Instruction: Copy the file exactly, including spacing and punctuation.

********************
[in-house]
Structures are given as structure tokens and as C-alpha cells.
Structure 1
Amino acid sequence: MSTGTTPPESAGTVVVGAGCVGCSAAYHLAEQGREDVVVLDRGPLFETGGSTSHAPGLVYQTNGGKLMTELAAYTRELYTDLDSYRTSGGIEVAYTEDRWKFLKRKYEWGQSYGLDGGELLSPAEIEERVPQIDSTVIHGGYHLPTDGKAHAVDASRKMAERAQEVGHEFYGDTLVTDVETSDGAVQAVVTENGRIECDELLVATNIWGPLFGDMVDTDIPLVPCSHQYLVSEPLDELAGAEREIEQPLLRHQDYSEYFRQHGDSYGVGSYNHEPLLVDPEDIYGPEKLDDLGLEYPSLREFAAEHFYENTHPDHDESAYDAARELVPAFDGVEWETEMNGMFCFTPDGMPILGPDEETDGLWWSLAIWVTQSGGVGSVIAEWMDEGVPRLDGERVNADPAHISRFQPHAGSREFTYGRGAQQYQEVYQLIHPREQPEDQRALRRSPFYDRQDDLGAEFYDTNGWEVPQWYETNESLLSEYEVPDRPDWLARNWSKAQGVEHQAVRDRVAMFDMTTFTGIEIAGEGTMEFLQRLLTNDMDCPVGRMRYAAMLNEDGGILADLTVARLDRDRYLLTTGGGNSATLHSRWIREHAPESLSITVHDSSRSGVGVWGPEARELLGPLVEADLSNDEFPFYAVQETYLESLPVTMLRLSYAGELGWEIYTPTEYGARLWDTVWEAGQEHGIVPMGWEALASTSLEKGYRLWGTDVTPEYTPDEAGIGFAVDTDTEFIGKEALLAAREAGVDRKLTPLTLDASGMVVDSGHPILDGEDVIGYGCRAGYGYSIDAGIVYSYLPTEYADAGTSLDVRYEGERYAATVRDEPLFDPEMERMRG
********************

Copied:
[in-house]
Structures are given as structure tokens and as C-alpha cells.
Structure 1
Amino acid sequence: MSTGTTPPESAGTVVVGAGCVGCSAAYHLAEQGREDVVVLDRGPLFETGGSTSHAPGLVYQTNGGKLMTELAAYTRELYTDLDSYRTSGGIEVAYTEDRWKFLKRKYEWGQSYGLDGGELLSPAEIEERVPQIDSTVIHGGYHLPTDGKAHAVDASRKMAERAQEVGHEFYGDTLVTDVETSDGAVQAVVTENGRIECDELLVATNIWGPLFGDMVDTDIPLVPCSHQYLVSEPLDELAGAEREIEQPLLRHQDYSEYFRQHGDSYGVGSYNHEPLLVDPEDIYGPEKLDDLGLEYPSLREFAAEHFYENTHPDHDESAYDAARELVPAFDGVEWETEMNGMFCFTPDGMPILGPDEETDGLWWSLAIWVTQSGGVGSVIAEWMDEGVPRLDGERVNADPAHISRFQPHAGSREFTYGRGAQQYQEVYQLIHPREQPEDQRALRRSPFYDRQDDLGAEFYDTNGWEVPQWYETNESLLSEYEVPDRPDWLARNWSKAQGVEHQAVRDRVAMFDMTTFTGIEIAGEGTMEFLQRLLTNDMDCPVGRMRYAAMLNEDGGILADLTVARLDRDRYLLTTGGGNSATLHSRWIREHAPESLSITVHDSSRSGVGVWGPEARELLGPLVEADLSNDEFPFYAVQETYLESLPVTMLRLSYAGELGWEIYTPTEYGARLWDTVWEAGQEHGIVPMGWEALASTSLEKGYRLWGTDVTPEYTPDEAGIGFAVDTDTEFIGKEALLAAREAGVDRKLTPLTLDASGMVVDSGHPILDGEDVIGYGCRAGYGYSIDAGIVYSYLPTEYADAGTSLDVRYEGERYAATVRDEPLFDPEMERMRG